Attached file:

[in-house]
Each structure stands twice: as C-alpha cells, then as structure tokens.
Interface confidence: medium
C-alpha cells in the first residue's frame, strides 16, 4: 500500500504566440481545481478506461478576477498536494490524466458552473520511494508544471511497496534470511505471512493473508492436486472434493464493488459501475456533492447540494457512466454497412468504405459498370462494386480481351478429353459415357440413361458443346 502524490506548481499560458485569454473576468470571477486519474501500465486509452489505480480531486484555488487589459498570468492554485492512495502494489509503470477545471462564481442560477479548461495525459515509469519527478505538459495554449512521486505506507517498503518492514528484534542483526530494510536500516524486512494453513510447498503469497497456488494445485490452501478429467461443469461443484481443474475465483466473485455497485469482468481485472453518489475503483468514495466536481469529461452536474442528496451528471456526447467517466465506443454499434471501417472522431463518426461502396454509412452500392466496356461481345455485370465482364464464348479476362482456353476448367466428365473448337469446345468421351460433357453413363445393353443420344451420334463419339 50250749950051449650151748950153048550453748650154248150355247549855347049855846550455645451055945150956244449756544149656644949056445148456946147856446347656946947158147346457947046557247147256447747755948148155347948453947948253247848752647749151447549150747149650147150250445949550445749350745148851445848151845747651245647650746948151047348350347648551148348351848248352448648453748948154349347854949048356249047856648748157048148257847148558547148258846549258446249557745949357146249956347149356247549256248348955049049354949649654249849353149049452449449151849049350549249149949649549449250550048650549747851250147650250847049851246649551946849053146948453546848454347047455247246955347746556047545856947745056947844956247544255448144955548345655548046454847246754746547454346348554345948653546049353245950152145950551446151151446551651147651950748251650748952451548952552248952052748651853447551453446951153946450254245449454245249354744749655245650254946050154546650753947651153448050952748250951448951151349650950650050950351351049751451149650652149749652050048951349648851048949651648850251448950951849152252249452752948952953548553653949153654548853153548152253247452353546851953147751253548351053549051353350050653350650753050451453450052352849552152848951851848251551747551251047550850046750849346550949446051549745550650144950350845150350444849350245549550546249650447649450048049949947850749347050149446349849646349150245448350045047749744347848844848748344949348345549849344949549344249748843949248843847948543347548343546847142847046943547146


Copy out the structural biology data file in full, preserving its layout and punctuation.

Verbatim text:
[in-house]
Each structure stands twice: as C-alpha cells, then as structure tokens.
Interface confidence: medium
C-alpha cells in the first residue's frame, strides 16, 4: 500500500504566440481545481478506461478576477498536494490524466458552473520511494508544471511497496534470511505471512493473508492436486472434493464493488459501475456533492447540494457512466454497412468504405459498370462494386480481351478429353459415357440413361458443346 502524490506548481499560458485569454473576468470571477486519474501500465486509452489505480480531486484555488487589459498570468492554485492512495502494489509503470477545471462564481442560477479548461495525459515509469519527478505538459495554449512521486505506507517498503518492514528484534542483526530494510536500516524486512494453513510447498503469497497456488494445485490452501478429467461443469461443484481443474475465483466473485455497485469482468481485472453518489475503483468514495466536481469529461452536474442528496451528471456526447467517466465506443454499434471501417472522431463518426461502396454509412452500392466496356461481345455485370465482364464464348479476362482456353476448367466428365473448337469446345468421351460433357453413363445393353443420344451420334463419339 50250749950051449650151748950153048550453748650154248150355247549855347049855846550455645451055945150956244449756544149656644949056445148456946147856446347656946947158147346457947046557247147256447747755948148155347948453947948253247848752647749151447549150747149650147150250445949550445749350745148851445848151845747651245647650746948151047348350347648551148348351848248352448648453748948154349347854949048356249047856648748157048148257847148558547148258846549258446249557745949357146249956347149356247549256248348955049049354949649654249849353149049452449449151849049350549249149949649549449250550048650549747851250147650250847049851246649551946849053146948453546848454347047455247246955347746556047545856947745056947844956247544255448144955548345655548046454847246754746547454346348554345948653546049353245950152145950551446151151446551651147651950748251650748952451548952552248952052748651853447551453446951153946450254245449454245249354744749655245650254946050154546650753947651153448050952748250951448951151349650950650050950351351049751451149650652149749652050048951349648851048949651648850251448950951849152252249452752948952953548553653949153654548853153548152253247452353546851953147751253548351053549051353350050653350650753050451453450052352849552152848951851848251551747551251047550850046750849346550949446051549745550650144950350845150350444849350245549550546249650447649450048049949947850749347050149446349849646349150245448350045047749744347848844848748344949348345549849344949549344249748843949248843847948543347548343546847142847046943547146